August 5, 2013
The one with the alfarobba
About three months ago we were wild camping in Odeceixe in a forest near the beach. Odeceixe Praia (Portuguese for beach) is a really small town with only two small restaurants and one little bar. The second time I went to the bar I noticed a big jar full of dried long brown bean-like things on the counter and I asked the owner what they were. “Alfarobba” he answered, “Here try one, but don’t eat the seeds.” A bit hesitant I tasted the strange-looking dried fruit, but I immediately liked the sweet chocolaty flavor. It was an unexpected taste, but a very nice one. We discovered that they originally came from Morocco and that there are a lot of trees in the south of Spain and Portugal nowadays. In English they are called carob beans and after some research I found out that they have some nice health benefits as well.
- Carob tannins contain Gallic acid that works as an analgesic, anti-allergic, antibacterial, antioxidant, antiviral and antiseptic.
- Carob improves digestion and lowers cholesterol level in the blood.
- It is used for treating diarrhea in children and adults alike.
- Since it does not contain caffeine, carob benefits people with high blood pressure.
- Regular use of carob helps in preventing lung cancer.
- The vitamin E content in carob helps in treating cough, flu, anemia and osteoclasis.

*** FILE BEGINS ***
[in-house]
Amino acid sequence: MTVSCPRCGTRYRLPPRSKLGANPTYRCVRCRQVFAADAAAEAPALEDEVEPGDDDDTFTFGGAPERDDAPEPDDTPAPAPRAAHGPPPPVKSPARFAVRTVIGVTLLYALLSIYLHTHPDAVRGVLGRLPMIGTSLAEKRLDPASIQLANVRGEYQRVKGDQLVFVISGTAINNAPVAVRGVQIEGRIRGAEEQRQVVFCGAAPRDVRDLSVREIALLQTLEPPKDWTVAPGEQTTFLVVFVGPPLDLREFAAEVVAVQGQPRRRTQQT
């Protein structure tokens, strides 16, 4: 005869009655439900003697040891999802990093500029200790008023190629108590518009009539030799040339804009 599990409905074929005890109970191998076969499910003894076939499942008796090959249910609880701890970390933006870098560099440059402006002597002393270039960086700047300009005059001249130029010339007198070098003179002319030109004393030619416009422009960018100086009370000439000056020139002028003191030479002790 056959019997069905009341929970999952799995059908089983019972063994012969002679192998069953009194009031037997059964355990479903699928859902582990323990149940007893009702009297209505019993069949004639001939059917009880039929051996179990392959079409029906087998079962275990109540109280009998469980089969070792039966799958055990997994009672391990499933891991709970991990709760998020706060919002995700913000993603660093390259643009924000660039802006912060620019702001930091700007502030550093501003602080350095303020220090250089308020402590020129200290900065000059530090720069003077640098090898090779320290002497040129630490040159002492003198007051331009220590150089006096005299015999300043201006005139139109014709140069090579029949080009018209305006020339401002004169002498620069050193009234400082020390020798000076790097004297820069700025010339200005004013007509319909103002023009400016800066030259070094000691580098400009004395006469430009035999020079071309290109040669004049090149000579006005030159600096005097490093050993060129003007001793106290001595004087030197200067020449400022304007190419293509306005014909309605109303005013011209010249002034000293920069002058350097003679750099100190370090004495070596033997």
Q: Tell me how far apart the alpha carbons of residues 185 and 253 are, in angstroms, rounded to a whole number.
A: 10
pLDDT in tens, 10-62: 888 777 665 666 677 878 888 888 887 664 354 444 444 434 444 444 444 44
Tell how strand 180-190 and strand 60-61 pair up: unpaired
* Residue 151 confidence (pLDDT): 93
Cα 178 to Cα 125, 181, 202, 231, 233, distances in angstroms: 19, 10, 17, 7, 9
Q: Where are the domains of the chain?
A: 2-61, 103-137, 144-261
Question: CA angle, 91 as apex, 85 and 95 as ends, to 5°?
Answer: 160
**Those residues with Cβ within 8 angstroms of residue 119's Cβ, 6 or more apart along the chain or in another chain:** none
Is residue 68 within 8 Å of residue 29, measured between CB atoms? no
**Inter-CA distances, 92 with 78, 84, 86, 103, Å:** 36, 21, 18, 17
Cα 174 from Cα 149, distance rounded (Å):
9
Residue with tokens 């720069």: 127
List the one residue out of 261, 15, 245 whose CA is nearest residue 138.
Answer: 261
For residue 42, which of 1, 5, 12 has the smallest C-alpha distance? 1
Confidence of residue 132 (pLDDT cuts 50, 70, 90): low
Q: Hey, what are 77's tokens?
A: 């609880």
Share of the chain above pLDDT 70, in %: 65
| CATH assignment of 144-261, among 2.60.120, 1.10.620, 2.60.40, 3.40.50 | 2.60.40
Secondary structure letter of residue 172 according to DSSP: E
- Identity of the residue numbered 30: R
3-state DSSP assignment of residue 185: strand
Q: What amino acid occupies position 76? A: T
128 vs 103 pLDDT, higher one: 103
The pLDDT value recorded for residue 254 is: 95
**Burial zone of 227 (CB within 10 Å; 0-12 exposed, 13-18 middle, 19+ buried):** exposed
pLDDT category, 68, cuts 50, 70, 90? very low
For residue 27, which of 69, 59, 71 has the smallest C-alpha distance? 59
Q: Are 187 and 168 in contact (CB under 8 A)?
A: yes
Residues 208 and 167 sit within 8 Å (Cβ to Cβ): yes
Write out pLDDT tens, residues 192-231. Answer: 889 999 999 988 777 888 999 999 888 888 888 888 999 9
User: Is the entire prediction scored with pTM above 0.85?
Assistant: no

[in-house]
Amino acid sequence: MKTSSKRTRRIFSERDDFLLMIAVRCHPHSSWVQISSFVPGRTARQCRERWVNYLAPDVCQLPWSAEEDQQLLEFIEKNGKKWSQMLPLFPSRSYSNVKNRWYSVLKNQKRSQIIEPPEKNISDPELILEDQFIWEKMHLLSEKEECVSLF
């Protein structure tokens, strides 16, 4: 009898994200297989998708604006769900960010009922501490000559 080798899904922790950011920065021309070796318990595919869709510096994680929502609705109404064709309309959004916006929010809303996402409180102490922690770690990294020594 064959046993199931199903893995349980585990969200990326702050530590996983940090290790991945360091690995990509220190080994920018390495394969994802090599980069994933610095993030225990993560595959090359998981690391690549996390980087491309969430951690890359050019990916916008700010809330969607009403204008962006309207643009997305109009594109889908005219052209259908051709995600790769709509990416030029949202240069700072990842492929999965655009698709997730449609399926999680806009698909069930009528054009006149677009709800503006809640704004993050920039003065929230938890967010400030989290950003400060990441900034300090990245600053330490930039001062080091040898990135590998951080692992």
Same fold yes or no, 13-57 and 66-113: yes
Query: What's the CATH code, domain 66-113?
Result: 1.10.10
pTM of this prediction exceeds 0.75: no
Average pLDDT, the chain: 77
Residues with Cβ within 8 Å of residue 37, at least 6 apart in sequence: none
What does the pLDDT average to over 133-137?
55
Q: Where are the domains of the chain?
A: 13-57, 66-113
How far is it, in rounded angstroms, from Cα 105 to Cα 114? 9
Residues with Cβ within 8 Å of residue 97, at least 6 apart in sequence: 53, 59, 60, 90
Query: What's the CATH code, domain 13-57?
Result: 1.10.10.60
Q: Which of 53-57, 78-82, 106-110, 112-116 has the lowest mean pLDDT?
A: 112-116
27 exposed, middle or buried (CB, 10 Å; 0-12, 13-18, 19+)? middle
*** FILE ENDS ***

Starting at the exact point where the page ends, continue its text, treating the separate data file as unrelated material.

- The Gallic acid in carob helps in preventing and treating polio in children.
- Carob fights against osteoporosis, due to its richness in phosphorus and calcium.
- Carob pod husks are chewed by singers to clear the voice and throat.
- You read about the wonderful positive effects of this bean on teething babies and more: here.
Since that day it has always been a wish of mine to find one of those trees in the wild and be able to pluck my own fruits. Yesterday was that day! We had put up our tent somewhere near the botanic garden outside Malaga and when I woke up I heard cutting noises in a three nearby. I decided to check out what was happening and spotted a guy hanging in a tree cutting stuff away. I had no idea what he was cutting, but didn’t want to disturb him, so I left. After a while the noises died out and I went back to the same spot. This is when I realized I had found my first wild Alfarobba tree, with lots of ready-to-pick fruit. Or at least I thought so, they were a bit green on the inside and when I tried one it didn’t taste at all like the ones I had in Odeceixe. I guess they need some more drying time and I hope they will be ready soon.